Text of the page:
Deepfake app Zao goes viral raising new privacy fears

A new deepfake-style face-swapping app began trending on social media recently, topping app store charts and becoming an overnight sensation

The rise of deepfakes is uncontrollable. It is now seen as a natural progression from the early days of photo manipulation, brought forth first by ingenious camera trickery with the advent of photography, to more contemporary means like Photoshop.

Now the technology behind it is smarter than ever but, perhaps most shockingly of all, it’s quick and cheap: or in this case, free.

Zao launches to immediate fanfare but raises deepfake concerns

Zao, a “face-swapping” application made by Momo, the developer of popular Chinese dating app Tantan, started to gain traction earlier this month, prompting fears from some tech companies over its ability to fool facial-recognition systems.

The app is simple really; in less than a few clicks, a user can upload a few selfies, performing basic facial movements for the AI to track, which then convincingly superimposes their face on actors in pre-selected scenes from popular films and television series.

Twitter user Allan Xia, an artist and game developer, shared his creations on the social network. One video in particular grabbed all the attention. Xia put himself in various scenes from Leonardo Di Caprio’s back catalogue, and the end result is rather eerie.

He said in a tweet: “Best application of ‘Deepfake’-style AI facial replacement I’ve ever seen.”


The twitter user, whose video has gone on to garner over 2.5 million views, went on to offer his thoughts on the future of deepfakes and AI.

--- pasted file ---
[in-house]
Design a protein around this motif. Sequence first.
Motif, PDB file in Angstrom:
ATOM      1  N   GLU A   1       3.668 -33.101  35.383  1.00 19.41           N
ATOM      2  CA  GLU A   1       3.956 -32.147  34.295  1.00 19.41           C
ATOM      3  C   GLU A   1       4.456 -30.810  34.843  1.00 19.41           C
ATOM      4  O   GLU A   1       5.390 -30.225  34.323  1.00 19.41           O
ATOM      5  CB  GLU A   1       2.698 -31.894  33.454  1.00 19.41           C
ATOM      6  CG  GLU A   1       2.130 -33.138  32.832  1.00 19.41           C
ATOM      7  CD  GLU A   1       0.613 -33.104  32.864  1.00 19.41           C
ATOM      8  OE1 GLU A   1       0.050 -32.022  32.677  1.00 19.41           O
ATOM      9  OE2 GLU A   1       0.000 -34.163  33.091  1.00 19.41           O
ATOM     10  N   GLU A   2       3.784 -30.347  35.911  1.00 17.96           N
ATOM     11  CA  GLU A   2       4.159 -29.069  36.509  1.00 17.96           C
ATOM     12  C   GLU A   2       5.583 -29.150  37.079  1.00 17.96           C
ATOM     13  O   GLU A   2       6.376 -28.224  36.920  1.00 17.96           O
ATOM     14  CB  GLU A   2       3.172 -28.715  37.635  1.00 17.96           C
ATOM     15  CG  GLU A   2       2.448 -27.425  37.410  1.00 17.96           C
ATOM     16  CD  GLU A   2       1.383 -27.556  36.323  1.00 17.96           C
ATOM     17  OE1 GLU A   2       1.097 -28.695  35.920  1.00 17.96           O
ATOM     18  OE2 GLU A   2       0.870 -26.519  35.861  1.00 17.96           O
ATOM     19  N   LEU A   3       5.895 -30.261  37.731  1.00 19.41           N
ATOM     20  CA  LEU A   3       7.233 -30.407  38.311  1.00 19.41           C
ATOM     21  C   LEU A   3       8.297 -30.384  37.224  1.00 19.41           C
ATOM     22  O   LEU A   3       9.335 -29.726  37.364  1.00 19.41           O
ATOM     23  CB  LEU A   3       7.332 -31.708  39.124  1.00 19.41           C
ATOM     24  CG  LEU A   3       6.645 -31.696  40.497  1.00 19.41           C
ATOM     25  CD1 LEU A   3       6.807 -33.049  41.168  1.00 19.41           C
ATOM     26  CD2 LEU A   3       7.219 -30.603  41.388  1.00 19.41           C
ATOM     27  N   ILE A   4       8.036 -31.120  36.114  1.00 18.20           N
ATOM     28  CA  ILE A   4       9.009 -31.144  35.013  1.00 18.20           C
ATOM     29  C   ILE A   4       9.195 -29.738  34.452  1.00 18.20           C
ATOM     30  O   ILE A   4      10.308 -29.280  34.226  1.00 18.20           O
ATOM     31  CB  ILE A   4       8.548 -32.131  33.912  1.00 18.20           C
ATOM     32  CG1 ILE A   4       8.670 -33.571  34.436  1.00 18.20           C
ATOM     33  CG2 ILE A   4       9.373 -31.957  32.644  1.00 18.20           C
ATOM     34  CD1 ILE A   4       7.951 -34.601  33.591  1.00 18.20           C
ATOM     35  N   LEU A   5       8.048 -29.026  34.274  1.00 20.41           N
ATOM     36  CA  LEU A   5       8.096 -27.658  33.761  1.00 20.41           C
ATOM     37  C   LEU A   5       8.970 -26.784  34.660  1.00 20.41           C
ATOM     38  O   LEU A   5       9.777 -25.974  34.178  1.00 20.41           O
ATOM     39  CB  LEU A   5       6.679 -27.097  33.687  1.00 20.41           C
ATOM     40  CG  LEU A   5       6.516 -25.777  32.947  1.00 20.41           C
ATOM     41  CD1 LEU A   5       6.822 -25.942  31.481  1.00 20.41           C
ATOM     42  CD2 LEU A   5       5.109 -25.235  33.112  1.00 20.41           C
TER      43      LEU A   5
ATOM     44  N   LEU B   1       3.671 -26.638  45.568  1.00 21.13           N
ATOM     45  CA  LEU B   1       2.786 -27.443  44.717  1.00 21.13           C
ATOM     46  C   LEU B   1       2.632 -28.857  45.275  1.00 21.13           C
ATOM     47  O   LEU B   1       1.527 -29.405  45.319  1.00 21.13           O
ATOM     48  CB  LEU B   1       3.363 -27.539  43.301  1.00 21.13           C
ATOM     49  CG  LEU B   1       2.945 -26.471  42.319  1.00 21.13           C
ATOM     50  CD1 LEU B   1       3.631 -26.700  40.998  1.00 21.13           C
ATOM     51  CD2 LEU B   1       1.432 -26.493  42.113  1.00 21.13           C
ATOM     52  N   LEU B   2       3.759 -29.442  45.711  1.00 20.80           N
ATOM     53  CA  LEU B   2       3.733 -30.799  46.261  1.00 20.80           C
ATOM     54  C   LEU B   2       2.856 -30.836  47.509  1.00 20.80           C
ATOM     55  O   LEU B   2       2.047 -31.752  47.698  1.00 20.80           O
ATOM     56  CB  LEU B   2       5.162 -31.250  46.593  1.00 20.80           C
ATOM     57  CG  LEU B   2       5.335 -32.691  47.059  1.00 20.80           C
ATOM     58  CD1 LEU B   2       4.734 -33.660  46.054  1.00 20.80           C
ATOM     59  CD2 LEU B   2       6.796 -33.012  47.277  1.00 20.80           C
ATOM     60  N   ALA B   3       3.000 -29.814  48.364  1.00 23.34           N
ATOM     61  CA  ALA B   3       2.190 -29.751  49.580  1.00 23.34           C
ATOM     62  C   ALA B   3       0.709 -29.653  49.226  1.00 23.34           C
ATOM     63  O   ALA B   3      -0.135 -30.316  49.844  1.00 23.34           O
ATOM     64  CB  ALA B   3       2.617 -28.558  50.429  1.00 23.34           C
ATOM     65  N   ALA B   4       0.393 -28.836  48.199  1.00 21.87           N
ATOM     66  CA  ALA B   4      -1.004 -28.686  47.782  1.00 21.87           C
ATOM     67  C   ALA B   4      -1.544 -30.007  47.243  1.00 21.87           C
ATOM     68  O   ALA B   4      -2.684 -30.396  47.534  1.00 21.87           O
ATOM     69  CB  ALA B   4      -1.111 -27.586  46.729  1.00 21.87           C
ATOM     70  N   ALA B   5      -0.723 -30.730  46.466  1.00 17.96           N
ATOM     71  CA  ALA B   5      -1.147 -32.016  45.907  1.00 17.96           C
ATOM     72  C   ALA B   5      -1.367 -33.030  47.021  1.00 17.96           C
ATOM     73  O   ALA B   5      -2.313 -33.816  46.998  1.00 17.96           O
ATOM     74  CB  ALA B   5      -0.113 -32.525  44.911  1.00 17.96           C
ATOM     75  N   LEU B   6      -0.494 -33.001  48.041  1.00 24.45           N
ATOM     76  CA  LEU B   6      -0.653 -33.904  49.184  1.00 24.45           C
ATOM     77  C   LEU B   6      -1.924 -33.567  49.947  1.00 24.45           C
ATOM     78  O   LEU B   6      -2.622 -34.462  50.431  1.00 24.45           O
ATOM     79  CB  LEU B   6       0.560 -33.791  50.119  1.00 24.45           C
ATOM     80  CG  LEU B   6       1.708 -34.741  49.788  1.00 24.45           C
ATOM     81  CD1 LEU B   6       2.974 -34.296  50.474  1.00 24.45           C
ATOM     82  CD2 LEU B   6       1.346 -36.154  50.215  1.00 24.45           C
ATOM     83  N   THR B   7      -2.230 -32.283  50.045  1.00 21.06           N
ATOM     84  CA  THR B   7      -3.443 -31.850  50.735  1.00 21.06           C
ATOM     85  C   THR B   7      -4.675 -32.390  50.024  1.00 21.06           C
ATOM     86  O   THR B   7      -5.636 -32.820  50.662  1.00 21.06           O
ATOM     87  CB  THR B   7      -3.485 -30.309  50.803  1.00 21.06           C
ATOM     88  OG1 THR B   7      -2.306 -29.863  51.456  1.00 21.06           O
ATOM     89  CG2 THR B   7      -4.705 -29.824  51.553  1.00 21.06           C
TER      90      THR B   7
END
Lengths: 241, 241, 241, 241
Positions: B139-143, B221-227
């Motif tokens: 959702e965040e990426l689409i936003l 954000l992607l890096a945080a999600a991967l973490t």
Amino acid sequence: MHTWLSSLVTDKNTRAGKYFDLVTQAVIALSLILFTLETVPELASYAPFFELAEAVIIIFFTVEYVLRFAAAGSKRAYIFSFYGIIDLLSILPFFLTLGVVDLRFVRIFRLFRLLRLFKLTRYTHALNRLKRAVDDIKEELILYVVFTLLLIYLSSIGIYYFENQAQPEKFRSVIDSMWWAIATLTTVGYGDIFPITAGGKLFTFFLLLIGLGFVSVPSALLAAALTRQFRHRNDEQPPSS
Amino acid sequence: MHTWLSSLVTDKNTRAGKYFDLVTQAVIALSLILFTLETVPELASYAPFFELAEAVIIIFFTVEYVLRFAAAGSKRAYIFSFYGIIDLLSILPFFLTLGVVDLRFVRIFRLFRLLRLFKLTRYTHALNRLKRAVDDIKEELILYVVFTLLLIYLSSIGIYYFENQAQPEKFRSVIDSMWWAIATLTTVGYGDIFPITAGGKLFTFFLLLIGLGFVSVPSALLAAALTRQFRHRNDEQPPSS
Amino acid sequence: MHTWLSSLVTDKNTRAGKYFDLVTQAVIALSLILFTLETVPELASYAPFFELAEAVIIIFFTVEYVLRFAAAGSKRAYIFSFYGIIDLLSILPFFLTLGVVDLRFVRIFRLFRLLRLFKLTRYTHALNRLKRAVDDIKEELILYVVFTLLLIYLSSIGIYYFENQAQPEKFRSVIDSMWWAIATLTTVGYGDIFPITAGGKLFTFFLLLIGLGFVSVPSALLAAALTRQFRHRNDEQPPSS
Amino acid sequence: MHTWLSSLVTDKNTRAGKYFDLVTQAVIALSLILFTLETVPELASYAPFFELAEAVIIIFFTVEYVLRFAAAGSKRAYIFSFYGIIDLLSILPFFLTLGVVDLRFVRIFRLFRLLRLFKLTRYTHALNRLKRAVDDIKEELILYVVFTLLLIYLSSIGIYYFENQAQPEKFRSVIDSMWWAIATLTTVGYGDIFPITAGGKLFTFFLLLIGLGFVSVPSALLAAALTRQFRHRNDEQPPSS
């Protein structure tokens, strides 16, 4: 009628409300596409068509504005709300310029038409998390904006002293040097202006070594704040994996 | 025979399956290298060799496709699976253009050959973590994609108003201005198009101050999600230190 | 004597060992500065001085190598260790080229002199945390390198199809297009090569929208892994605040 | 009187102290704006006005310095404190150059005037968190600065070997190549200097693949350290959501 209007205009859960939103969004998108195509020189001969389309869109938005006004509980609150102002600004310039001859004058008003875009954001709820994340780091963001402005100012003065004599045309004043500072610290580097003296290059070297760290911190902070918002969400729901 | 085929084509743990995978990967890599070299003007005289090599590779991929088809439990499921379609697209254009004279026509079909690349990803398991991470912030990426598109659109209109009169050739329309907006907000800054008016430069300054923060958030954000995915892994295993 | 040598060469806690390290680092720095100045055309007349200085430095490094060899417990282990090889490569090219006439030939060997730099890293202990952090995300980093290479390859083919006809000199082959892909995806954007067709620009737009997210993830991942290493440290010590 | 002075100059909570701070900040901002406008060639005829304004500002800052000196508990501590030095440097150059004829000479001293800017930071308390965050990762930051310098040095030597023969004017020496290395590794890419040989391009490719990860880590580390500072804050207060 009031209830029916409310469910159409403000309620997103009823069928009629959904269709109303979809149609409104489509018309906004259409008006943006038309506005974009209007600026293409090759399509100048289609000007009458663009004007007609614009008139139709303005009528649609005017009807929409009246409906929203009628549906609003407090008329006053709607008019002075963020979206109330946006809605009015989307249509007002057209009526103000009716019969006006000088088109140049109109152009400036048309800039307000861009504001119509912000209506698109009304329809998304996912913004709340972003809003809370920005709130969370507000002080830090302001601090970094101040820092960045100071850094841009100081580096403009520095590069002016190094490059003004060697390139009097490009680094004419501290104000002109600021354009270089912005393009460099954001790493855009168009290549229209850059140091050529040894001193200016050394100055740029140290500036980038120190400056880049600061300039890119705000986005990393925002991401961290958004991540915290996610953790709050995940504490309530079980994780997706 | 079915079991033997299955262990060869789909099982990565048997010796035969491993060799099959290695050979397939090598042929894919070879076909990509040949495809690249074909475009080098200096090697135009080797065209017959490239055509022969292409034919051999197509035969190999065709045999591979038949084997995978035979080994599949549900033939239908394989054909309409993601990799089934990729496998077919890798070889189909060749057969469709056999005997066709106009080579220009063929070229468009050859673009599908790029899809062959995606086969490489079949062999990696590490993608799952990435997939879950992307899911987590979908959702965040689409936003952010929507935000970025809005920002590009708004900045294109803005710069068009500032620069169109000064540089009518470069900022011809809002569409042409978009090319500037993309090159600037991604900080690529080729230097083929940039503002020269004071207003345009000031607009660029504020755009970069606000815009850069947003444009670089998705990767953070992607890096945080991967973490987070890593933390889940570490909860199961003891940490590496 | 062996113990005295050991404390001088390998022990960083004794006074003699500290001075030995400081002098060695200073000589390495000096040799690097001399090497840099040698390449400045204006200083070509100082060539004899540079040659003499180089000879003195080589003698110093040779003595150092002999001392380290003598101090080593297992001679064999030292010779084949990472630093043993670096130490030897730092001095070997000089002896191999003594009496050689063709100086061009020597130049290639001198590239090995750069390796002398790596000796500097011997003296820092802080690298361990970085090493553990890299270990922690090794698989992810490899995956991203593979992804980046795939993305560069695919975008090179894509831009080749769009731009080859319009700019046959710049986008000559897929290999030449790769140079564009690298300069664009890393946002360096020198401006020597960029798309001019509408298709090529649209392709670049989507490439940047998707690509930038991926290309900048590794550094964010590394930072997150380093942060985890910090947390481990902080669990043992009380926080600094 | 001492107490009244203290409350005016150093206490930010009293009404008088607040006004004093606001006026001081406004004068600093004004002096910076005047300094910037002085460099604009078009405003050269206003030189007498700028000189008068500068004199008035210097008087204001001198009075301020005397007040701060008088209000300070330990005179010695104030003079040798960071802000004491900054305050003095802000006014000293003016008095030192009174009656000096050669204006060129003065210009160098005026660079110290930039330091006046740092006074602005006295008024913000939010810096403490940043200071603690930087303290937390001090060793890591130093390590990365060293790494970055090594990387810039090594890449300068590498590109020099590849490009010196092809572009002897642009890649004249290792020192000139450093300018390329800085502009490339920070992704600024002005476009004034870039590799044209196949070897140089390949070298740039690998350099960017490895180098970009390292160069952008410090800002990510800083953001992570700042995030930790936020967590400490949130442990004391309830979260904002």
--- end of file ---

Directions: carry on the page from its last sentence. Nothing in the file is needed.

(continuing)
“I can totally see this being applied in Films/TV,” he said, going on to ruminate on the possibility of starring in blockbuster films without ever leaving the sofa.

Imagine switching on your television, loading Netflix, pressing a button and becoming one of the actors on screen for the duration of the show. Perhaps as deepfake technology improves – and at some rate of knots, too – the idea is not as far-flung as it sounds. It could come sooner than we think.

Xia also uploaded a clip of himself, talking to himself, taking on the roles of John Snow and Samwell Tarly in HBO’s hugely popular series Game of Thrones.


Privacy fears and misinformation

Zao immediately sparked a row over its less-than-transparent privacy policy, which initially afforded the app makers “free, irrevocable, permanent, transferable, and relicenseable” rights to all user-generated content. The company addressed the concerns a few days after launch.

In a statement, Zao said: “We understand the concerns about privacy. We’ve received the feedback, and will fix the issues that we didn’t take into consideration, which will take some time.”

The potential for misuse, as with anything digital, is a cause for concern. Many foresee deepfakes being used to defame individuals, spread misinformation or swing an election – something which lawmakers the world over have implored the social network giants to tackle head-on.

In actuality, they’re already being used for unlawful means. Recently, a deepfake speech-synthesis AI was used to fool a CEO into transferring €220 million to fraudsters, and face-swapping pornography is rife on the internet.

With both video and speech deepfakes converging, we could be on the precipice of an insurmountable challenge, one which needs to be addressed sooner rather than later before this runaway technology becomes indistinguishable from reality.

Luke Conrad

Technology & Marketing Enthusiast

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